Later, I also prayed for the mother of the daughter who had taken her own life, and she was visibly shaking as I gave words of comfort. Then later still, at a hymn sing, there was a little girl, not more than six, going around sharing her Reese’s Pieces with everyone. And when she stopped next to me, she wanted to draw me a picture. In her picture was a girl in a box, and above the box there was an angel, and next to the box was a heart that was broken in two. It was a drawing of the little girl’s sister, who committed suicide and was now in heaven. The little girl even drew a cross beside her sister as an expression of her faith.

Unfortunately, this is part of the story for everyone who lives in this community. And stories are so important to all the people who live in the North. At one point, during the hymn sing, the attendees wanted to stop for a moment and have the translator help them tell me their individual stories. One by one, I heard stories of trauma and tragedy. I heard of families separated by residential schools, house fires that took the lives of loved ones, those who had frozen from falling in the ice, fatal hunting accidents, and addictions and diseases that resulted in the death of young adults in their families. It was so hard to hear all of these stories, but it truly helped me to appreciate all the more the need for LAMP’s ministry in places just like this.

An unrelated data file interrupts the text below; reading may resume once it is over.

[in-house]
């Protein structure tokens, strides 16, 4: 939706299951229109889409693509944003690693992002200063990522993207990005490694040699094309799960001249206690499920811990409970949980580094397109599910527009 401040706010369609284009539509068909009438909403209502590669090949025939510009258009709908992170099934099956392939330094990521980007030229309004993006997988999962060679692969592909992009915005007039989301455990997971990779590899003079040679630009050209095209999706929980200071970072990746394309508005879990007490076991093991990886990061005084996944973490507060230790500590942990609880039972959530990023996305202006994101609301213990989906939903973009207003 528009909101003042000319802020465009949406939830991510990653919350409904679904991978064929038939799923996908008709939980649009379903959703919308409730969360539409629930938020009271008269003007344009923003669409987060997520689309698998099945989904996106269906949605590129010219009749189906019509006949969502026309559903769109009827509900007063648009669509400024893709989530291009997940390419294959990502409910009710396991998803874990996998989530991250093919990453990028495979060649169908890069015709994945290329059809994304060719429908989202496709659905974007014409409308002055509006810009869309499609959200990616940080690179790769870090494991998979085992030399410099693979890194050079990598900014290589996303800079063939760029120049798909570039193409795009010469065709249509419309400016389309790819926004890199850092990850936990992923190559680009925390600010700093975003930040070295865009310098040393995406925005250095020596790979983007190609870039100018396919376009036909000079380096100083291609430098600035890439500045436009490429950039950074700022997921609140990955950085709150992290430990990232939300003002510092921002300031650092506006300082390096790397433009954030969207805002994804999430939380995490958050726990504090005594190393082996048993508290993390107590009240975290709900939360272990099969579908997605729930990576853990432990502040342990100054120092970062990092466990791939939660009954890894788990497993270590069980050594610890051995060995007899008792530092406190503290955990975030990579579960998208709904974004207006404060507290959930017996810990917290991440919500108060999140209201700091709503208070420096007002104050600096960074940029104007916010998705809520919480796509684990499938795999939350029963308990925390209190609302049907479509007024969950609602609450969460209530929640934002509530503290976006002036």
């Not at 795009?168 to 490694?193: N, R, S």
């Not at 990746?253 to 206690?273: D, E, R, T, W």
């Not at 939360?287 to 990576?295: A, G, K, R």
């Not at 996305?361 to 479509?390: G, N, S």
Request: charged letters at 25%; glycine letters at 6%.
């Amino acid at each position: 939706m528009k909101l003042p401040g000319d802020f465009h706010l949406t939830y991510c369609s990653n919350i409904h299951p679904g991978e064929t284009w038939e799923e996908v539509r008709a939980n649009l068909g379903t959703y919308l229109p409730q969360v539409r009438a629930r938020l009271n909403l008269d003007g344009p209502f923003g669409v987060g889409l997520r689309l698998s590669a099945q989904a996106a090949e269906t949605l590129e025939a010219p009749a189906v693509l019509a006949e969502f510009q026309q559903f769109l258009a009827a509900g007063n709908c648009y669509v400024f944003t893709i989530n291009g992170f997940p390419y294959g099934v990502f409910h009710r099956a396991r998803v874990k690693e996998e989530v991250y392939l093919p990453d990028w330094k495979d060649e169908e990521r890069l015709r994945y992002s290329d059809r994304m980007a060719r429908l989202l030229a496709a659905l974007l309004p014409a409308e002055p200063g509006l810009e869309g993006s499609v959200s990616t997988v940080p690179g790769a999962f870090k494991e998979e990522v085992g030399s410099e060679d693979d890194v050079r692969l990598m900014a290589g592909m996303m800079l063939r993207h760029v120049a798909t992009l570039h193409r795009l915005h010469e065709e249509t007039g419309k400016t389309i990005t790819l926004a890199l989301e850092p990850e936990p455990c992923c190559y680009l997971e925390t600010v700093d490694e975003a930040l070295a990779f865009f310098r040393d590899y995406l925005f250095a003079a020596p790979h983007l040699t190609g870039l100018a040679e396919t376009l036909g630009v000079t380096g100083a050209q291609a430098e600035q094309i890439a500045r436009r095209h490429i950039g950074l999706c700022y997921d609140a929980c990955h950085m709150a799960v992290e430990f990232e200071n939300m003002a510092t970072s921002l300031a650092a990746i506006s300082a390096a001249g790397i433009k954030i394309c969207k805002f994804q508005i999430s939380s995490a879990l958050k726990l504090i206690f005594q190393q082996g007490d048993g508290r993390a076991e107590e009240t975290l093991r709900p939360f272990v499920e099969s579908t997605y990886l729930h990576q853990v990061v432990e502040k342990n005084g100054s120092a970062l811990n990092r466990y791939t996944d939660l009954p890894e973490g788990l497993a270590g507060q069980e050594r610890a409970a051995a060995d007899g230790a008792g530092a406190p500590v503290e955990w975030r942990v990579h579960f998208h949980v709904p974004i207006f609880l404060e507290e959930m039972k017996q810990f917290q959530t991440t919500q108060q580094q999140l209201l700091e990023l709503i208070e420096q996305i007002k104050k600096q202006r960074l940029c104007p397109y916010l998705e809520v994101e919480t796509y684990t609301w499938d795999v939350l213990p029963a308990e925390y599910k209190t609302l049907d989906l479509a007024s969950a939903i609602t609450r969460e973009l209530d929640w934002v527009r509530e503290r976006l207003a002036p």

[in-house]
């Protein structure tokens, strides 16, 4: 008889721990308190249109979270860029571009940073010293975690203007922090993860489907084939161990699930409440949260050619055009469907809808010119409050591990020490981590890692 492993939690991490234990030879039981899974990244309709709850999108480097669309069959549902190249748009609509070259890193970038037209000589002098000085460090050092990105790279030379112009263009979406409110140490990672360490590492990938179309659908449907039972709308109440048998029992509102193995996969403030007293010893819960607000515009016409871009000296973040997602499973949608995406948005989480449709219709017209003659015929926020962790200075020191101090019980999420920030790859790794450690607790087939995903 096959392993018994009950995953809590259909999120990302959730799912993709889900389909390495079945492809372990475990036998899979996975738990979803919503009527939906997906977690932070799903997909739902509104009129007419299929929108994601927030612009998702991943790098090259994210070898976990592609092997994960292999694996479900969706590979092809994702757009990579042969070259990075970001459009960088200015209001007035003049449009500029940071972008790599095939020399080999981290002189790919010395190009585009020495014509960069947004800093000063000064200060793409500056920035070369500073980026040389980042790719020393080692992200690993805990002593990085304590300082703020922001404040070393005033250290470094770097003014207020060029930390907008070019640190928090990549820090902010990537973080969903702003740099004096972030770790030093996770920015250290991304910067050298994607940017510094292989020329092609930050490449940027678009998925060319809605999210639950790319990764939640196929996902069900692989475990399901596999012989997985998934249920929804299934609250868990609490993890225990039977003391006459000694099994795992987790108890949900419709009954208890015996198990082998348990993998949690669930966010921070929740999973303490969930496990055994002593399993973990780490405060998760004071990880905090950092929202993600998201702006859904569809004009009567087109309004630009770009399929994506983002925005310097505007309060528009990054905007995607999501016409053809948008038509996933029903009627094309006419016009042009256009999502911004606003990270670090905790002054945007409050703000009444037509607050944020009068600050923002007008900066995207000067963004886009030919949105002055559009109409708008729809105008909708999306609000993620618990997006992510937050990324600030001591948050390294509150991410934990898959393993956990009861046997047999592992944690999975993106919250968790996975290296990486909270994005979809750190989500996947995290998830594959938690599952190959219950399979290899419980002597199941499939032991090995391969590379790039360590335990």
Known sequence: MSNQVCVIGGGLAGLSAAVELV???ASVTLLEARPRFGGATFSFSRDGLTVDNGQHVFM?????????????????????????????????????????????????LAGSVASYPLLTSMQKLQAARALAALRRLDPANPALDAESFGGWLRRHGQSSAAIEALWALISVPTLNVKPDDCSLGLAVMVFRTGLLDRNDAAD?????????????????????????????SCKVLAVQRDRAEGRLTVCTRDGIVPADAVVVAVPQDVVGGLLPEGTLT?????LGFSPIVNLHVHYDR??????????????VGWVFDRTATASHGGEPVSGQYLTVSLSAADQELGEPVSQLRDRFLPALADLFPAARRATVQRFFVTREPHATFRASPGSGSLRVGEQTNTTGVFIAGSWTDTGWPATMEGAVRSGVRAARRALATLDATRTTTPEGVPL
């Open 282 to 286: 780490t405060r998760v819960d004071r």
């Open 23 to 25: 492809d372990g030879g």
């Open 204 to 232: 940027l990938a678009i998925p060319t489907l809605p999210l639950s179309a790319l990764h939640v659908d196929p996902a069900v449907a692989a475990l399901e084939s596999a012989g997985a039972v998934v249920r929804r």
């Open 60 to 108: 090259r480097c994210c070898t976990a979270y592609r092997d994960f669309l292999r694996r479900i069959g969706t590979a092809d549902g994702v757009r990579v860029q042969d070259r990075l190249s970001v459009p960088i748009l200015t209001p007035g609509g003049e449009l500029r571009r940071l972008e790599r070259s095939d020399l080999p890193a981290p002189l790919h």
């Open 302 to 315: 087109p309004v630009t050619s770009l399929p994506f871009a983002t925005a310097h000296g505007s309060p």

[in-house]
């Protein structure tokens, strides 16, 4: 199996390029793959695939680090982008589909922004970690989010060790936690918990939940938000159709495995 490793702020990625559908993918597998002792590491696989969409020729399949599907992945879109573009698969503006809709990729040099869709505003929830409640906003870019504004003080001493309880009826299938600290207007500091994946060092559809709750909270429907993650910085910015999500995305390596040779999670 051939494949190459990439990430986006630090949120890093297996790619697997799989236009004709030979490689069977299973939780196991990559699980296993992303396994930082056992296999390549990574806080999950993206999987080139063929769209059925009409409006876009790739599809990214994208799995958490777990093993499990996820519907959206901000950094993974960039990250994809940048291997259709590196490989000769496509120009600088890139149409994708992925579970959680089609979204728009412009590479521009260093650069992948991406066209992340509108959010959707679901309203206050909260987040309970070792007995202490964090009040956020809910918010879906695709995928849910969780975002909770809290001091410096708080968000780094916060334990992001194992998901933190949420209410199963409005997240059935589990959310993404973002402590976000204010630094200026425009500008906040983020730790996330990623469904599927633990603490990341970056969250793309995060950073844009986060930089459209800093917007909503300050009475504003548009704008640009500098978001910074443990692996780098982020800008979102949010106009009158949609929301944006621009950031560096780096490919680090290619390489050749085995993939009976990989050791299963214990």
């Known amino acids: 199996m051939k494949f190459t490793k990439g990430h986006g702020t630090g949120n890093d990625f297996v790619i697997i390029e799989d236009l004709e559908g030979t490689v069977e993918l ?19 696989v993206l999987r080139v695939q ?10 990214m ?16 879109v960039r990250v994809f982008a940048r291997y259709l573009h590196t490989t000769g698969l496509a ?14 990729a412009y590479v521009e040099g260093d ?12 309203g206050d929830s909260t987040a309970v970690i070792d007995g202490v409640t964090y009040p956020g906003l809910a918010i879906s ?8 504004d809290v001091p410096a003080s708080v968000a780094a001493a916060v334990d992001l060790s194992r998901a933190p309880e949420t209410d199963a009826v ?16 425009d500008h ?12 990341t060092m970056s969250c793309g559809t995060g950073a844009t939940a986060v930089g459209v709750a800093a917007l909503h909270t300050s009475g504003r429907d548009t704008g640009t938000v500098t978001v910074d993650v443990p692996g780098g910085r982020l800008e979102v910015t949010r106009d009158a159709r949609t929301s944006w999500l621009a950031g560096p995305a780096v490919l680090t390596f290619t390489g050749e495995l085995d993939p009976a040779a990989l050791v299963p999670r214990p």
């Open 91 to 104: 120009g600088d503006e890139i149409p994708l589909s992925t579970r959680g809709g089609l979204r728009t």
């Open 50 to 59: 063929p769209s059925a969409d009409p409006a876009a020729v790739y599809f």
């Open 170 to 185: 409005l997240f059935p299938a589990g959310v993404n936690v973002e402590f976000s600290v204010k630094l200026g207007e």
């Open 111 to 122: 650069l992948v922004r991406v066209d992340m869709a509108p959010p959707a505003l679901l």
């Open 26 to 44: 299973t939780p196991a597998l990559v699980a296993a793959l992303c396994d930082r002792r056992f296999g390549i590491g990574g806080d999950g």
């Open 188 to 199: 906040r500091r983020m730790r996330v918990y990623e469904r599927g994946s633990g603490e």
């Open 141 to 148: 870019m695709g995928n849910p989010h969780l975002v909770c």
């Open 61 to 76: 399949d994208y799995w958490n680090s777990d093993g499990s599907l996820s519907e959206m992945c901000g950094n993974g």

As much as I tried to sit and listen, and then minister to others, it was I who had been ministered to even more. After hearing of all that tragedy and trauma, trials and tribulations, what stood out the most was the strength of their faith. An elder told me how she responds to the younger members of her family amid events that would test anyone’s faith. She tells them to not be angry at God, and not to blame God for the results of a fallen world. Instead, she spoke of how she lives her life, guided by the words of Christ when He says, “These things I have spoken to you, that in Me you may have peace. In the world you will have tribulation; but be of good cheer, I have overcome the world” (John 16:33 NKJV). Even in the worst of daily tribulations, each and every day, she lives in good cheer. Because on the cross, Christ overcame the world: over sin and death and the devil. She taught me that we can always be of good cheer because of the empty tomb and a risen Savior.

This is why winter trips are challenging to be sure but can also be so very rewarding: to truly share in life and suffering and faith and healing. And for me, it is a reminder of just how significant our work is when we go in the summer to work with the children. To serve in the summer is to see so much joy and happiness, all the fun and laughter, but it is also good to understand why it is so important, and why people are literally begging us to come, and to visit, and to teach the Good News. And of course, no matter what time of the year, what a boost it is for our own faith, to witness the faith of those who have so many afflictions and yet live a life of good cheer!

Photos courtesy of Rev. Dr. Steve Schave

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About the Author

Rev. Dr. Steven Schave is the Executive Director for L.A.M.P. - Lutheran Association of Missionaries and Pilots Inc. (Canada) and LAMP Ministry Inc. (U.S.).

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Jody Bode - April 20, 2024

God bless. your ministry. I remember John and Helen Panning and their stories of ministry with LAMP. I have been praying for LAMP for many years, and now I can pray specifically for you and your team.